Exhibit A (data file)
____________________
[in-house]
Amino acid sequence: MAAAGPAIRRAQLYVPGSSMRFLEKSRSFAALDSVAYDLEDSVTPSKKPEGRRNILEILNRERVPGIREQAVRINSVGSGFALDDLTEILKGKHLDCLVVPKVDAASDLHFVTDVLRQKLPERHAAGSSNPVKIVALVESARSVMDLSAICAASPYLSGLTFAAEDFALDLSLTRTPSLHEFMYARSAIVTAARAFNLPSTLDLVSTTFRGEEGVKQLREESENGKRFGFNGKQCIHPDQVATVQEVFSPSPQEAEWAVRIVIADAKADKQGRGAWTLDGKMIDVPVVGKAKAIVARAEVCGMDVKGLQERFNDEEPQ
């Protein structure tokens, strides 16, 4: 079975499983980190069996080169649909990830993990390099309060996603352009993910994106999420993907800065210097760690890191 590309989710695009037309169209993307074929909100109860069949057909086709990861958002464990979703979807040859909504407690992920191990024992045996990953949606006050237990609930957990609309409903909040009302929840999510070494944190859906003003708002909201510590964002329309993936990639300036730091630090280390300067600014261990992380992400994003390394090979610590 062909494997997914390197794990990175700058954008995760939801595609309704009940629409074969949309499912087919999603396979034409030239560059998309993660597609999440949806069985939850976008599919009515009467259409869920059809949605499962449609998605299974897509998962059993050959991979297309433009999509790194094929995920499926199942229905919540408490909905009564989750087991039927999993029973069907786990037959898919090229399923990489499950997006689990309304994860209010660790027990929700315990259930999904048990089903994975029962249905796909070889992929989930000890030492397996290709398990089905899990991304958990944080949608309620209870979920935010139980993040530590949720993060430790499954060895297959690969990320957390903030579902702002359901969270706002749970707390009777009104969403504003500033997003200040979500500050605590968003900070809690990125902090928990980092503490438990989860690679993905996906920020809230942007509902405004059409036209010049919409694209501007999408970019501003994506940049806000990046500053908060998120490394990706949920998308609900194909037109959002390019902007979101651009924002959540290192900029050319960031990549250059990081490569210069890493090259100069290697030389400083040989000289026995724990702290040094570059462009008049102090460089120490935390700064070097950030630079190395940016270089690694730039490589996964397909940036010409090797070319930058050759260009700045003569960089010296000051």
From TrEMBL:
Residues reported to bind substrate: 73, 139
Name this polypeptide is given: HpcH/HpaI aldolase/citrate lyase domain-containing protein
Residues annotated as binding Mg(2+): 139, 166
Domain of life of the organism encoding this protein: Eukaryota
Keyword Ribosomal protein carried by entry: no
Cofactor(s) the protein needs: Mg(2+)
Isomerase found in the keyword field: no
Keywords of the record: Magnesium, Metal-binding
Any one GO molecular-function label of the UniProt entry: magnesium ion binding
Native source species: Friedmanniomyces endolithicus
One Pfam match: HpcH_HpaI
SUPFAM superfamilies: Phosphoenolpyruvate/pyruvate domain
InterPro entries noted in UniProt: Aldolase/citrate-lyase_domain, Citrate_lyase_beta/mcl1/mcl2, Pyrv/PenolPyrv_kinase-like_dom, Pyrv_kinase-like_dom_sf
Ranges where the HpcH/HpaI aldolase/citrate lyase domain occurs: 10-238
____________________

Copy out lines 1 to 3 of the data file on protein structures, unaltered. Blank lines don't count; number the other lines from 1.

[in-house]
Amino acid sequence: MAAAGPAIRRAQLYVPGSSMRFLEKSRSFAALDSVAYDLEDSVTPSKKPEGRRNILEILNRERVPGIREQAVRINSVGSGFALDDLTEILKGKHLDCLVVPKVDAASDLHFVTDVLRQKLPERHAAGSSNPVKIVALVESARSVMDLSAICAASPYLSGLTFAAEDFALDLSLTRTPSLHEFMYARSAIVTAARAFNLPSTLDLVSTTFRGEEGVKQLREESENGKRFGFNGKQCIHPDQVATVQEVFSPSPQEAEWAVRIVIADAKADKQGRGAWTLDGKMIDVPVVGKAKAIVARAEVCGMDVKGLQERFNDEEPQ
């Protein structure tokens, strides 16, 4: 079975499983980190069996080169649909990830993990390099309060996603352009993910994106999420993907800065210097760690890191 590309989710695009037309169209993307074929909100109860069949057909086709990861958002464990979703979807040859909504407690992920191990024992045996990953949606006050237990609930957990609309409903909040009302929840999510070494944190859906003003708002909201510590964002329309993936990639300036730091630090280390300067600014261990992380992400994003390394090979610590 062909494997997914390197794990990175700058954008995760939801595609309704009940629409074969949309499912087919999603396979034409030239560059998309993660597609999440949806069985939850976008599919009515009467259409869920059809949605499962449609998605299974897509998962059993050959991979297309433009999509790194094929995920499926199942229905919540408490909905009564989750087991039927999993029973069907786990037959898919090229399923990489499950997006689990309304994860209010660790027990929700315990259930999904048990089903994975029962249905796909070889992929989930000890030492397996290709398990089905899990991304958990944080949608309620209870979920935010139980993040530590949720993060430790499954060895297959690969990320957390903030579902702002359901969270706002749970707390009777009104969403504003500033997003200040979500500050605590968003900070809690990125902090928990980092503490438990989860690679993905996906920020809230942007509902405004059409036209010049919409694209501007999408970019501003994506940049806000990046500053908060998120490394990706949920998308609900194909037109959002390019902007979101651009924002959540290192900029050319960031990549250059990081490569210069890493090259100069290697030389400083040989000289026995724990702290040094570059462009008049102090460089120490935390700064070097950030630079190395940016270089690694730039490589996964397909940036010409090797070319930058050759260009700045003569960089010296000051």